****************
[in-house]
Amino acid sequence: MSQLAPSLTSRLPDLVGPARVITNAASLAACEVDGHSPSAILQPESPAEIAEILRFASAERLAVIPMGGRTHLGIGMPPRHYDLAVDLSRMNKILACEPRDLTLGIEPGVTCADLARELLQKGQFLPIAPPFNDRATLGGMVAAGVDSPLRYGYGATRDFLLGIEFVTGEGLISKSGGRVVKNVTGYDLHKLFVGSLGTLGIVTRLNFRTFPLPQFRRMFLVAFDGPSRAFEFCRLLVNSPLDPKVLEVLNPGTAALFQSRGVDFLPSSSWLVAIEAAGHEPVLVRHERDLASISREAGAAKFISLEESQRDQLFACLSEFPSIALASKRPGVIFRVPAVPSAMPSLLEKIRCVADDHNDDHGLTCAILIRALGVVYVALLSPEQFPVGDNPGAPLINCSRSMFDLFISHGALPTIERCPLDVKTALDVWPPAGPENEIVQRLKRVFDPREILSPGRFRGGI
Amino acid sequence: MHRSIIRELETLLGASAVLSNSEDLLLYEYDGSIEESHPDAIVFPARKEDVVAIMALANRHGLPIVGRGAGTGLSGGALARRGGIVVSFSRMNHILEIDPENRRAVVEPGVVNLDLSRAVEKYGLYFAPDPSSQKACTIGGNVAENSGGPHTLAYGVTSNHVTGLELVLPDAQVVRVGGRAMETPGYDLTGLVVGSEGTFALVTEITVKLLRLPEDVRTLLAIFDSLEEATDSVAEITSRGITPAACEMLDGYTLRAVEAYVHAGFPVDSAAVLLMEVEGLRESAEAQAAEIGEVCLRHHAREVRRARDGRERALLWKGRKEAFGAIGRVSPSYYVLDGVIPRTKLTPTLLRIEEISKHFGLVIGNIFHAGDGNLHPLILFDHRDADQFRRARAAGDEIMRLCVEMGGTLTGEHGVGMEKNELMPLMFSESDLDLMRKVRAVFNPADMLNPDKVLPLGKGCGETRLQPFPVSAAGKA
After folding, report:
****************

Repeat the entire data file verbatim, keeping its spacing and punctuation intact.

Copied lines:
[in-house]
Amino acid sequence: MSQLAPSLTSRLPDLVGPARVITNAASLAACEVDGHSPSAILQPESPAEIAEILRFASAERLAVIPMGGRTHLGIGMPPRHYDLAVDLSRMNKILACEPRDLTLGIEPGVTCADLARELLQKGQFLPIAPPFNDRATLGGMVAAGVDSPLRYGYGATRDFLLGIEFVTGEGLISKSGGRVVKNVTGYDLHKLFVGSLGTLGIVTRLNFRTFPLPQFRRMFLVAFDGPSRAFEFCRLLVNSPLDPKVLEVLNPGTAALFQSRGVDFLPSSSWLVAIEAAGHEPVLVRHERDLASISREAGAAKFISLEESQRDQLFACLSEFPSIALASKRPGVIFRVPAVPSAMPSLLEKIRCVADDHNDDHGLTCAILIRALGVVYVALLSPEQFPVGDNPGAPLINCSRSMFDLFISHGALPTIERCPLDVKTALDVWPPAGPENEIVQRLKRVFDPREILSPGRFRGGI
Amino acid sequence: MHRSIIRELETLLGASAVLSNSEDLLLYEYDGSIEESHPDAIVFPARKEDVVAIMALANRHGLPIVGRGAGTGLSGGALARRGGIVVSFSRMNHILEIDPENRRAVVEPGVVNLDLSRAVEKYGLYFAPDPSSQKACTIGGNVAENSGGPHTLAYGVTSNHVTGLELVLPDAQVVRVGGRAMETPGYDLTGLVVGSEGTFALVTEITVKLLRLPEDVRTLLAIFDSLEEATDSVAEITSRGITPAACEMLDGYTLRAVEAYVHAGFPVDSAAVLLMEVEGLRESAEAQAAEIGEVCLRHHAREVRRARDGRERALLWKGRKEAFGAIGRVSPSYYVLDGVIPRTKLTPTLLRIEEISKHFGLVIGNIFHAGDGNLHPLILFDHRDADQFRRARAAGDEIMRLCVEMGGTLTGEHGVGMEKNELMPLMFSESDLDLMRKVRAVFNPADMLNPDKVLPLGKGCGETRLQPFPVSAAGKA
After folding, report: